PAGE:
Lawmakers will vote this week on a $96.3 billion state spending plan for the new fiscal year starting July 1. It maintains a $1.1 billion reserve and pays down some of the debt accrued during the recession.
On Monday, the Joint Legislative Budget Conference Committee adopted the governor's more conservative revenue projection, rather than one from the Legislative Analyst's Office that was $3.2 billion higher.
Brown secured $2.1 billion to begin moving to a new K-12 funding formula that would channel additional money to school districts with high levels of low-income students and those with limited English proficiency. The formula gives more money to school districts with higher proportions of children in those groups but met resistance from advocates for suburban and wealthier districts.
The governor agreed to a compromise that provides extra funding under a so-called concentration grant given to districts in which 55 percent of the students are deemed economically disadvantaged. All schools would receive a higher base grant from the state, a provision meant to placate school districts that do not have high proportions of those students.
School districts also will get more control of how to spend state aid, but lawmakers say they are inserting provisions to ensure accountability.
The compromise includes $1.2 billion in one-time money for districts to implement the "common core" standards, which are more rigorous academically and are intended to better prepare students for college and work. That amount is $250 million more than the governor had proposed. The money can be spent as districts choose on teacher training, instructional materials, technology and other uses.
Provides $250 million for career technical education grants to K-14 education on a one-time basis.
County governments will receive $300 million less from the state in the 2013-14 fiscal year as a result of the state expanding its Medicaid program, known as Medi-Cal, to some 1.4 million Californians next year under President Barack Obama's health care reforms.
County officials and health care advocates argued against the cuts because California will still have 3 million to 4 million uninsured residents requiring care after the Medicaid expansion. Brown argued that the state would be paying twice if it did not reduce those payments for providing coverage under the Medicaid expansion that will be funded by the federal government while maintaining the same level of county support for indigent health care services.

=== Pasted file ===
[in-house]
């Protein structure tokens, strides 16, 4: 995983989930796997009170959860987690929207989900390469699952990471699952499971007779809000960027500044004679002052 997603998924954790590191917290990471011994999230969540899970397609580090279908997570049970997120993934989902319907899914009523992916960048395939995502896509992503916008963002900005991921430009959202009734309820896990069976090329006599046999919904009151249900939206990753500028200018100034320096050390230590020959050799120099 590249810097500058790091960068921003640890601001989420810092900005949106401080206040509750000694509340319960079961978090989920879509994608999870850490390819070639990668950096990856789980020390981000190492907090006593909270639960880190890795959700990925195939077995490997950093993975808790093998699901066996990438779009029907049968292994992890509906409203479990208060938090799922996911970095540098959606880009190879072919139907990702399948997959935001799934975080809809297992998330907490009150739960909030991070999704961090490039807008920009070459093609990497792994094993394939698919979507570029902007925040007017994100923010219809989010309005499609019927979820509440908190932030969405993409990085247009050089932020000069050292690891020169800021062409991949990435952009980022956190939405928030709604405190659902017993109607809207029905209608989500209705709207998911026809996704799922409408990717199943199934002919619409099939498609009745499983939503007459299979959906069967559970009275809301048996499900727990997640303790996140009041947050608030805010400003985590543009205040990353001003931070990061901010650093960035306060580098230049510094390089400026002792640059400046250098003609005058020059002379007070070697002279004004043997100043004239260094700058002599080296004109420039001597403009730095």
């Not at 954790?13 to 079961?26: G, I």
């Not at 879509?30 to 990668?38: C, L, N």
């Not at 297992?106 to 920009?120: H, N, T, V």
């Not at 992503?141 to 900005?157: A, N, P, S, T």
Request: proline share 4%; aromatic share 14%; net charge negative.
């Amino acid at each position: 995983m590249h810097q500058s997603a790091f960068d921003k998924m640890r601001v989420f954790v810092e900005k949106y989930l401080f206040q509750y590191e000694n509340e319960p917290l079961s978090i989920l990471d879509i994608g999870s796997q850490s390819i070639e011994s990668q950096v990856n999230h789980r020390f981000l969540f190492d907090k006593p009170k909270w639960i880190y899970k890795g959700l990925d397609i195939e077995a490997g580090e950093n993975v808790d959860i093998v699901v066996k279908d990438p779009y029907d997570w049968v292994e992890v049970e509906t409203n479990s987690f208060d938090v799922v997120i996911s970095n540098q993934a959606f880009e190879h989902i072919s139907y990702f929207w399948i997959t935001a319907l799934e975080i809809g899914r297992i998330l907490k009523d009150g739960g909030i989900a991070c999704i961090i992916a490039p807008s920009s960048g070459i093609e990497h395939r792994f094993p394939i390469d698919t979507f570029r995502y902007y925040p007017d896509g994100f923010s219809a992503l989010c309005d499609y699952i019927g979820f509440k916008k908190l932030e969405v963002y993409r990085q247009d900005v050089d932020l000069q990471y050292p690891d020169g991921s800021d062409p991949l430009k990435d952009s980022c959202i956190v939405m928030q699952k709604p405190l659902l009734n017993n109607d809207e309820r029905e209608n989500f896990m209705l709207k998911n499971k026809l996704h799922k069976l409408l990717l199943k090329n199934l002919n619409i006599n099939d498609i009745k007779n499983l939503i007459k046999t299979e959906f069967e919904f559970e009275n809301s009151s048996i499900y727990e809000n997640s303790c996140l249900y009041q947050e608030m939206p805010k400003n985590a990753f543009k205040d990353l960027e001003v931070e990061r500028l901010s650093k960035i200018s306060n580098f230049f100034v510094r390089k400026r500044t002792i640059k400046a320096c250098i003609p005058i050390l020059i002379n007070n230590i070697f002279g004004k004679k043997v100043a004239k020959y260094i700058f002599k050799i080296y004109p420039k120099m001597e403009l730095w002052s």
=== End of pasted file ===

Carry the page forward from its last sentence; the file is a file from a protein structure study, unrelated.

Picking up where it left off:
Under the compromise, some of the savings will be kept at the local level to pay for welfare programs.
This ballot initiative was approved by voters last fall and closed a corporate tax loophole, sending more money to state coffers. The state will spend a portion of Proposition 39 money on energy programs at public schools and community colleges. Specifically, the compromise devotes $428 million to energy programs, including $380 million for schools and $48 million for community colleges.
Senate Democratic leader Darrell Steinberg pressed for increased mental health care funding, particularly money to expand residential treatment bed capacity. The compromise budget would provide that money.
Steinberg also sought $131 million to restore adult dental care for 3 million Medi-Cal recipients, which would allow the poor to receive preventive dental care and dentures. The compromise would partially restore adult dental benefits at a lower level than Democratic lawmakers had wanted. It would cost the state $16.9 million this fiscal year and $77 million in the next year.
Assembly Speaker John Perez wanted to restore welfare assistance and child care for the working poor. The compromise increases child care and preschool funding by more than $100 million and provides a 5 percent child grant increase starting in March for families on CalWORKS, the state's welfare-to-work program.
The state will also allow a CalWORKS recipient to own a car valued up to $9,500, which is double the current limit, in order to qualify for benefits.
Perez received initial funding for college scholarships for students whose families earn less than $150,000 a year, known as a middle-class scholarship. California would establish a Middle Class Scholarship program beginning in the 2014 academic year. At the administration's insistence, the scholarship appropriation would be capped at $305 million annually once it is fully implemented.
The budget plan calls for restoring $63 million to the state court system, although some lawmakers had wanted $100 million.
Source: California Legislature.